People often make assumptions about a person’s gender based on that person’s appearance or name. These assumptions could send a potentially harmful message that people have to look a certain way to resemble their gender. Using someone’s correct personal pronouns is a way to respect them and create an inclusive environment, just as using a person’s preferred name can be a way to respect them. This webinar, intended for academic professionals, including academic advisors, student support services, and administrative support professionals, provides participants with an overview of gender identity and gender expression and their significance for higher education contexts, as well as introductory strategies and resources for integrating preferred names and gender pronouns into daily practices.
By the end of this workshop, participants know or will be able to:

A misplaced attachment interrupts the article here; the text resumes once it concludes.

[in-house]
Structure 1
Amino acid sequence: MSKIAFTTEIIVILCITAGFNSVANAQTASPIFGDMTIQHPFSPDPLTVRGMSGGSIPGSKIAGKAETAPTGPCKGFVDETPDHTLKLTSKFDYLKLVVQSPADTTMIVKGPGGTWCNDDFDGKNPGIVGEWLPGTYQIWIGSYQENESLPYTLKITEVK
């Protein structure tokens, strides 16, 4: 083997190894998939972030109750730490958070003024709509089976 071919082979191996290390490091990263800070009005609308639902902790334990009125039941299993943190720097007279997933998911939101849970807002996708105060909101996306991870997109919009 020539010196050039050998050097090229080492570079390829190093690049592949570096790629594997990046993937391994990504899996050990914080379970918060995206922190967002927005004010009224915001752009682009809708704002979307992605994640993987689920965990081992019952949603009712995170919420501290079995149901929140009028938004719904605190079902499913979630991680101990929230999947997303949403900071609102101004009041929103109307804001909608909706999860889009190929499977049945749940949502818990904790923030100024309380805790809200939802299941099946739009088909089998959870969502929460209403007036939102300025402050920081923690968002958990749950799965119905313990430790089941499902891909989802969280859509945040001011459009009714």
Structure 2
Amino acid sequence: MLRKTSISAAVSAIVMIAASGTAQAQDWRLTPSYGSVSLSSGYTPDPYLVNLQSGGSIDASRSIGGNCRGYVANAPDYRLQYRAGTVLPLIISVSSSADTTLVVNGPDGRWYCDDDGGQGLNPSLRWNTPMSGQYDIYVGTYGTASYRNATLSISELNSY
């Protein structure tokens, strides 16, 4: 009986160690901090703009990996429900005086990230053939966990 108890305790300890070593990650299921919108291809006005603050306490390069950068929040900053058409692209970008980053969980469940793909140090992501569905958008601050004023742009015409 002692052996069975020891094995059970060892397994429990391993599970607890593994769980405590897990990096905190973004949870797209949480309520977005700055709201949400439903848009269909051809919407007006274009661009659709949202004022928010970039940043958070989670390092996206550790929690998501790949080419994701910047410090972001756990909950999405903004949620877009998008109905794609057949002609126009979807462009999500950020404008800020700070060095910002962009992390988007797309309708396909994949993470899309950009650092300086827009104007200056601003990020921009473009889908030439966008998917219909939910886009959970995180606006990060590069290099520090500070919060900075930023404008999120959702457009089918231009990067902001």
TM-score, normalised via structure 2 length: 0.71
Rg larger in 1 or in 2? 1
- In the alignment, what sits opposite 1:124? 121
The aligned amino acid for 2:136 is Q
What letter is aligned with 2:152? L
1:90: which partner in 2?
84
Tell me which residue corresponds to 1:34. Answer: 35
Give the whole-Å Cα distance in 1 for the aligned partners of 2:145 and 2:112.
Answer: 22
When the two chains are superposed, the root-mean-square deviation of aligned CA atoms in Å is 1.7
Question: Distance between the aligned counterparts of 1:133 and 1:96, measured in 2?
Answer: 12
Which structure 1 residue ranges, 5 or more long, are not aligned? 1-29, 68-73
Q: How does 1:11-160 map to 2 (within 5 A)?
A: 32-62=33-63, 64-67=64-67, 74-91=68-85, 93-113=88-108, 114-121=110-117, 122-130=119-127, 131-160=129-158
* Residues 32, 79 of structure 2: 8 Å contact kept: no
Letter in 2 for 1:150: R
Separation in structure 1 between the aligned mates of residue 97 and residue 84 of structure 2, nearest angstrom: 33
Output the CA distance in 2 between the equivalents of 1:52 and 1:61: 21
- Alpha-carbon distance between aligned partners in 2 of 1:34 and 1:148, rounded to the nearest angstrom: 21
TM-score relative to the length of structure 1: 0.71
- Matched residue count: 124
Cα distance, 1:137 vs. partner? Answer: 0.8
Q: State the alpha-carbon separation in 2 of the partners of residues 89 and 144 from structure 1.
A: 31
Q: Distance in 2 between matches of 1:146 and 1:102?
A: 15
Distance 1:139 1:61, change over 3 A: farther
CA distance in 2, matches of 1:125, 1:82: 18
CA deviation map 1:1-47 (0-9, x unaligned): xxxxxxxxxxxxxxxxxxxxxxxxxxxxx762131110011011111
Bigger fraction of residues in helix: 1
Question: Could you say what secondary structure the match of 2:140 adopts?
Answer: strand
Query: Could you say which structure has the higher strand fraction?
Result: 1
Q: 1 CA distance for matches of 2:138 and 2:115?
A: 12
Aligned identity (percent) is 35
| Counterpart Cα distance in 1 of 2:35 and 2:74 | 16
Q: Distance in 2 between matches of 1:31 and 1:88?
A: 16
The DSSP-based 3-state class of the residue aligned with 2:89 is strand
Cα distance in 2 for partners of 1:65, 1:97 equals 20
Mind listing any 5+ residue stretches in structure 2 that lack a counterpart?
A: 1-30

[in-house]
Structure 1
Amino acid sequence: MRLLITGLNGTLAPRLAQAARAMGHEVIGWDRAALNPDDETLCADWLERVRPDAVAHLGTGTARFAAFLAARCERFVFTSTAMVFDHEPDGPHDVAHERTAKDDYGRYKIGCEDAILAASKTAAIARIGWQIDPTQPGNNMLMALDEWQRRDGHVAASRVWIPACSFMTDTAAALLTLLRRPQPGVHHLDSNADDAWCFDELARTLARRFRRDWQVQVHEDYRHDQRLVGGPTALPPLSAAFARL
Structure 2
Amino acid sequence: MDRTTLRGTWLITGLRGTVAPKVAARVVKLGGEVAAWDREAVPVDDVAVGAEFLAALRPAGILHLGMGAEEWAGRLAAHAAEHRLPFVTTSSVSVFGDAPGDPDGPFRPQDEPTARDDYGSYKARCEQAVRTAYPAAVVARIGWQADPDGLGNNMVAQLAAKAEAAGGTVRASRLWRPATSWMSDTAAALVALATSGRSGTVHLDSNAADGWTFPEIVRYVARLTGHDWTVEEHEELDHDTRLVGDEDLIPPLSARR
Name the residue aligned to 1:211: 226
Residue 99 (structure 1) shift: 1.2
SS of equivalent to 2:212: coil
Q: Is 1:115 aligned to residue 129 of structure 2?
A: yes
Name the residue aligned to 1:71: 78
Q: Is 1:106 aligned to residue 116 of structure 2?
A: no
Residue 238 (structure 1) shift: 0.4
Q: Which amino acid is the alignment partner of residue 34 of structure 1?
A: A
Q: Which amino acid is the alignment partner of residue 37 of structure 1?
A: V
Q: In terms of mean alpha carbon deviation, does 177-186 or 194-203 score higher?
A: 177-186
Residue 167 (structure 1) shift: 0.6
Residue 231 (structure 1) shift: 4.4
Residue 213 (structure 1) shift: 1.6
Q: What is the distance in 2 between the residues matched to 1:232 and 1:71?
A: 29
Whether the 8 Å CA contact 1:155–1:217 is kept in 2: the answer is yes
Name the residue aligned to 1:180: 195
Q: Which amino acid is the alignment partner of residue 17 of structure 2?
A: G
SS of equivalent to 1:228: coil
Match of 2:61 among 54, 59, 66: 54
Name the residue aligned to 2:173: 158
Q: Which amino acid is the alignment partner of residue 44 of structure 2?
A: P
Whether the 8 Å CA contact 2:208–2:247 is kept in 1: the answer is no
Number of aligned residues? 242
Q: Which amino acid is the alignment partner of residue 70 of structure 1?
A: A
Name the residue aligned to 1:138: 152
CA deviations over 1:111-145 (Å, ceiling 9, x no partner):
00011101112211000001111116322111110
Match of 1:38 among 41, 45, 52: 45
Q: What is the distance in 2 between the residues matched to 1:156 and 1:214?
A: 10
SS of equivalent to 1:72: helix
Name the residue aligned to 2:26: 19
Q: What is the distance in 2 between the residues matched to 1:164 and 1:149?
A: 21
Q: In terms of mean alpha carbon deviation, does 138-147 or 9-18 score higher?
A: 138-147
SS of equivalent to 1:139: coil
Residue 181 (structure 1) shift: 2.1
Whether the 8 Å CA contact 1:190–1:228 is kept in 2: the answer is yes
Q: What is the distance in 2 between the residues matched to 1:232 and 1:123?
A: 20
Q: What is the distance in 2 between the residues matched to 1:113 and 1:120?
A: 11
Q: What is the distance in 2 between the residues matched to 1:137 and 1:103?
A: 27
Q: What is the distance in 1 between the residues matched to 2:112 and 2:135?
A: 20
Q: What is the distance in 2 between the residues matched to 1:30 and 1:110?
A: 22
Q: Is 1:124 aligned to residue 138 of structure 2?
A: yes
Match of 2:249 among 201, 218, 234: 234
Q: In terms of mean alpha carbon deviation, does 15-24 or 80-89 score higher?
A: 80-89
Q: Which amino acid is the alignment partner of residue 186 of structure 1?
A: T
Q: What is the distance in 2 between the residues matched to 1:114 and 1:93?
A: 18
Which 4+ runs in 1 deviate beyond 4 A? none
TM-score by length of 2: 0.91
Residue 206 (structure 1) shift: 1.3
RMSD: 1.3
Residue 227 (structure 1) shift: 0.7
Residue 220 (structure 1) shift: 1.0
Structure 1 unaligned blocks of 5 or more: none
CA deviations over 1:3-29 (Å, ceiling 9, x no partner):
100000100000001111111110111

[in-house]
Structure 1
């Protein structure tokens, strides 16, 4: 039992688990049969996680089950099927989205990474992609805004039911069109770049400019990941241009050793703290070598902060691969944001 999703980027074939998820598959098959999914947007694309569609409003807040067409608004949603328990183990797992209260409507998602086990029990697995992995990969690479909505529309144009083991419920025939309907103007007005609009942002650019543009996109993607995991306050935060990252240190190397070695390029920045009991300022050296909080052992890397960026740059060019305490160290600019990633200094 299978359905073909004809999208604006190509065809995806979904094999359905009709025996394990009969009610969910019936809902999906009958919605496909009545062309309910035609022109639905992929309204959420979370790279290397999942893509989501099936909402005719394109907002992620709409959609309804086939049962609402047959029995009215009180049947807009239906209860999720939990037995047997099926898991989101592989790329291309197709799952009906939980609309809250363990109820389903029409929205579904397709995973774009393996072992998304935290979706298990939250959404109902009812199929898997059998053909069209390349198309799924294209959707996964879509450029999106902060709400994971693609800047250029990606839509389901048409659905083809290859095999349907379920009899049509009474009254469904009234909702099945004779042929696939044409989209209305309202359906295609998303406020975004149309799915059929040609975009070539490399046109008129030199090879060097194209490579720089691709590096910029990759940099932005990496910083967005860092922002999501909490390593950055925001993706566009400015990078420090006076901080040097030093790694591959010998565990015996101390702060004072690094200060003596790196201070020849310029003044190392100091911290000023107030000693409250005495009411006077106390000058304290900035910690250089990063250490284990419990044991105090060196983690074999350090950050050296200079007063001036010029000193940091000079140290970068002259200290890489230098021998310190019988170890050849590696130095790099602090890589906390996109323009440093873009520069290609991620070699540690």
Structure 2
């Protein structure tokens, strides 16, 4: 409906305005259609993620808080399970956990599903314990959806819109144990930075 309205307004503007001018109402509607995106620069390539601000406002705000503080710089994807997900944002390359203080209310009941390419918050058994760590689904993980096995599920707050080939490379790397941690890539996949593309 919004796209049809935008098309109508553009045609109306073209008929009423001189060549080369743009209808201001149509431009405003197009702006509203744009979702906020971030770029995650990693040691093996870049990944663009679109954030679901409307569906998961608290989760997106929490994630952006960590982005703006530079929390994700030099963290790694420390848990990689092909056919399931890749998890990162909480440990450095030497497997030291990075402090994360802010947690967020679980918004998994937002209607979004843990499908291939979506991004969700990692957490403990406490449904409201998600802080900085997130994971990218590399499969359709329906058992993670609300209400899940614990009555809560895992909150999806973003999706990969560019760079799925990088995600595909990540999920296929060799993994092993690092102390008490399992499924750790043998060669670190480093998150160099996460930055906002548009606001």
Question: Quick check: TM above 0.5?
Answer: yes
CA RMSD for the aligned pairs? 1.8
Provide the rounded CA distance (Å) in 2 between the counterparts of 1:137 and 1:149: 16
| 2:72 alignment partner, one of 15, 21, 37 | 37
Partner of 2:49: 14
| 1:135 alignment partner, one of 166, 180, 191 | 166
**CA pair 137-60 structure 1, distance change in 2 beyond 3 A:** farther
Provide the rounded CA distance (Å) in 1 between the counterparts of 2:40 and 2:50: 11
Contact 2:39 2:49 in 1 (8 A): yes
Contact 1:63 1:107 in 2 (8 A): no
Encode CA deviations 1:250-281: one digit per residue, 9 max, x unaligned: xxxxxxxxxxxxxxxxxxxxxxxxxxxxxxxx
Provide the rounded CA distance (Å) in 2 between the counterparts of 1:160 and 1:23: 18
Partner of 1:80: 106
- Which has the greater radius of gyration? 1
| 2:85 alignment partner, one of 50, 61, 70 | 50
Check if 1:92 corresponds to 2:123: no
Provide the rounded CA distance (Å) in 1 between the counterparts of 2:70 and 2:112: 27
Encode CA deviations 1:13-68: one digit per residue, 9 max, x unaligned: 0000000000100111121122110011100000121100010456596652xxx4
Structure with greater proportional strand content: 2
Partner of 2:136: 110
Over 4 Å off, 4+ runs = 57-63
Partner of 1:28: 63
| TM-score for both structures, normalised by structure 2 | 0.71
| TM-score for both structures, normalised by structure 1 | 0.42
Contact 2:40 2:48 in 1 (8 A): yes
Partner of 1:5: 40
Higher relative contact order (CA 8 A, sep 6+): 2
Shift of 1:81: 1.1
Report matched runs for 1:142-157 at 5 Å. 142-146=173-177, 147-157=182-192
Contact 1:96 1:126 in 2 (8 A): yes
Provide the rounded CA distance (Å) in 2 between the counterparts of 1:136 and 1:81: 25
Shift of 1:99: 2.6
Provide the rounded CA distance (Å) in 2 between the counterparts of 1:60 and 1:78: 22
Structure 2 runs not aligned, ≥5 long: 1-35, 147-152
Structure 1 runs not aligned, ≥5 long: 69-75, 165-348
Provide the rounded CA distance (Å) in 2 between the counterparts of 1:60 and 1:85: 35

Rebecca Alejos-Sharadin joined the Alamo Colleges as a coordinator for high school programs in September 2019. Rebecca serves on NLC's Diversity Equity, and Inclusion Thought Leadership Team, she is president for the Northeast Lakeview College's Staff Senate, secretary for the History and Heritage Committee, member of the Alamo College's DREAMers Advisory Council and is the staff advisor for NLC's Genders and Sexualities Alliance (GSA) student organization. Rebecca was recently elected as chair for the Diplomas and UPPartnership's Steering Committee. In this role, she will lead San Antonio's collective impact effort, uniting 21 cross-sector partners, to increase the college attainment and quality of life of San Antonio's LatinX and DREAMer communities. She is a member of the DREAMers and My Brother's Keeper San Antonio collaborative. She is a double alum of Texas State University. She received her bachelor's degree in psychology in 2011 and a master's degree in education (student affairs in higher education) in 2014. She is currently pursuing a Doctorate in educational leadership at the University of Texas, San Antonio. Rebecca believes that education is a civil rights issue and is dedicated to providing all students with access to higher education regardless of their skin color, nationality, ethnicity, or ability. Through her professional and personal experiences, she has internalized the belief that quality opportunities, support, and long-term guidance can transform students' lives. She works diligently to challenge systems that oppress underrepresented students in higher education and the workforce. Rebecca knows that all students, regardless of their economic or cultural background, have the opportunity to succeed in college, which is a key driver of professional success in life.